It’s all in the wrist

October 13, 2016

To investigate the link between environmental chemical exposure and adverse health effects, four Indiana University researchers are planning to use a tool similar to what millions of Americans wear on their wrists.

Michael Hendryx of the IU School of Public Health-Bloomington, Jessica Gall Myrick of The Media School, and Marta Venier and Amina Salamova of the IU School of Public and Environmental Affairs have been awarded a $470,000 grant from the National Institutes of Health to examine the relationship between coal mining in the Appalachian region and health problems in the people living there. The researchers plan to use silicone bracelets, often worn to show support for a cause or sold as a fundraiser, to gather information for their study.

Venier and Salamova, both research scientists at SPEA, have done extensive research into the persistence of flame-retardant chemicals in the environment. They’ve used passive sampling in their research before, but the wristbands will be a new way for them to learn about their subjects’ environments.

After learning of a pioneering study by Oregon State University’s Kim Anderson that showed the wristbands are capable of absorbing more than 1,000 different chemicals, the researchers decided to incorporate them into the study.

The researchers will seek to learn whether people who live in coal-mining communities are exposed to pollutants associated with increased risk of respiratory and cardiovascular diseases and cancer.

Salamova says using the bracelets to measure exposure to pollutants is innovative.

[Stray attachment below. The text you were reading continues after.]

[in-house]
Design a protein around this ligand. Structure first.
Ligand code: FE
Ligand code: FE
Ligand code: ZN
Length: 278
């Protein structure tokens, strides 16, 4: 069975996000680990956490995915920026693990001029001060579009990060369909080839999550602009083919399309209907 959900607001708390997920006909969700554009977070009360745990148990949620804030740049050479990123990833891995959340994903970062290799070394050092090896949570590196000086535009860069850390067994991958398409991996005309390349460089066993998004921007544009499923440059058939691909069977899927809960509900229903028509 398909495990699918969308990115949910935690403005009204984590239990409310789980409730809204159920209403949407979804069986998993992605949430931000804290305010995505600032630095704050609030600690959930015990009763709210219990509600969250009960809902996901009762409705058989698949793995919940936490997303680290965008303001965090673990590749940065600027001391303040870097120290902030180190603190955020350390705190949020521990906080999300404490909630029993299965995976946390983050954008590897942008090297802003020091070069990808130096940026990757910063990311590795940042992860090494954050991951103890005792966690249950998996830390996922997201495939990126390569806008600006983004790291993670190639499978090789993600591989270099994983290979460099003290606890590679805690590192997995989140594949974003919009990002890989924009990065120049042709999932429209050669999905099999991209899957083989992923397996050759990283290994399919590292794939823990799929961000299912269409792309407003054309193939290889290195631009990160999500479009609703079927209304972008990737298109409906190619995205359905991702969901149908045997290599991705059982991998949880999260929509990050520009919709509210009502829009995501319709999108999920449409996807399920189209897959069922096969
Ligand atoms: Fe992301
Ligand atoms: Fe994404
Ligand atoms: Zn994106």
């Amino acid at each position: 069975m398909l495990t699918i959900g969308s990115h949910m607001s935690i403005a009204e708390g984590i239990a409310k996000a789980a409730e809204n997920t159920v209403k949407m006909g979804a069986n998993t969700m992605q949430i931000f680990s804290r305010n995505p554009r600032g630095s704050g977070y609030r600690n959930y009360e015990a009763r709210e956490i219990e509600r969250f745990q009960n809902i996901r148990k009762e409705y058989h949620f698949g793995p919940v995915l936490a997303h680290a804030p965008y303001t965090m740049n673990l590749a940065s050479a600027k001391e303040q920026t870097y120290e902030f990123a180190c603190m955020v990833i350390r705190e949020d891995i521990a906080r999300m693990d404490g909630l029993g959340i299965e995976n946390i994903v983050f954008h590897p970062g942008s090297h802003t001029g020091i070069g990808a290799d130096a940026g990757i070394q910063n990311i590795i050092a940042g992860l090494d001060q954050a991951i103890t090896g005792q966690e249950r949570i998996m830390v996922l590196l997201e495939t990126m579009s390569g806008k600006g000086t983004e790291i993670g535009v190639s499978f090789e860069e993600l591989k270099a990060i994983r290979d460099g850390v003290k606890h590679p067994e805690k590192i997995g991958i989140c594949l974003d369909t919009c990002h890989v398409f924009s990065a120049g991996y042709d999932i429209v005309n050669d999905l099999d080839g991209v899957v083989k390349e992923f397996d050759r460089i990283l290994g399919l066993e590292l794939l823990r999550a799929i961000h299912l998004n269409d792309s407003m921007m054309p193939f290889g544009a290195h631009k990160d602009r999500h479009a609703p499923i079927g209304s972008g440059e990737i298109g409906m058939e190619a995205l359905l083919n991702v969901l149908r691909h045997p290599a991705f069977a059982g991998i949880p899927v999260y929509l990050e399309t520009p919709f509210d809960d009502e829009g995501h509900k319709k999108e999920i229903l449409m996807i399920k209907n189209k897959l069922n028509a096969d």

“It’s never been done with silicone bracelets,” she says.

The convenience factor is one of the bracelets’ greatest benefits. “They’re noninvasive; you just wear a bracelet,” Venier says. She also said the “equipment” is quite inexpensive.

Hendryx began to investigate health problems in coal-mining communities after moving to West Virginia in 2006. He joined the IU faculty as a professor of applied health science in 2013.

“People who lived in these communities believed there were public health risks related to mining, especially related to mountaintop removal mining,” Hendryx says. “When I examined the research literature I could find practically nothing on the topic of public health risks.”

That led Hendryx to investigate the issue and publish a series of epidemiological studies. Later he began to examine environmental conditions, finding polycyclic aromatic hydrocarbons, and possibly flame retardants, present in higher concentrations in mining communities than other areas.

Myrick is developing a plan to communicate the results to health and safety professionals and to residents in the coal mining region. “We want to tell them what the bracelets tell us so that they can take appropriate action,” Myrick says.

Although the IU team won’t be the first to conduct experiments with silicone bracelets, Venier believes the study was funded in part because of its potential to expand knowledge of how silicone bracelets can be used.

“It comes with a lot of unknowns,” she says, adding that the researchers need to conduct pilot studies to find out the rate of absorption of the bracelets and the relationship with internal exposure. “It’s not a well-studied sampling method compared to some others.”

Hendryx says the use of the bracelets struck him as potentially influential.

“Not many people anywhere in the country have tried using this approach,” he says. “I think the approach may have much larger potential than our current application; it could be applied to a variety of possible exposure environments for other populations.”

The researchers will also use passive air samplers to gauge ambient levels of potentially harmful chemicals in both indoor and outdoor environments.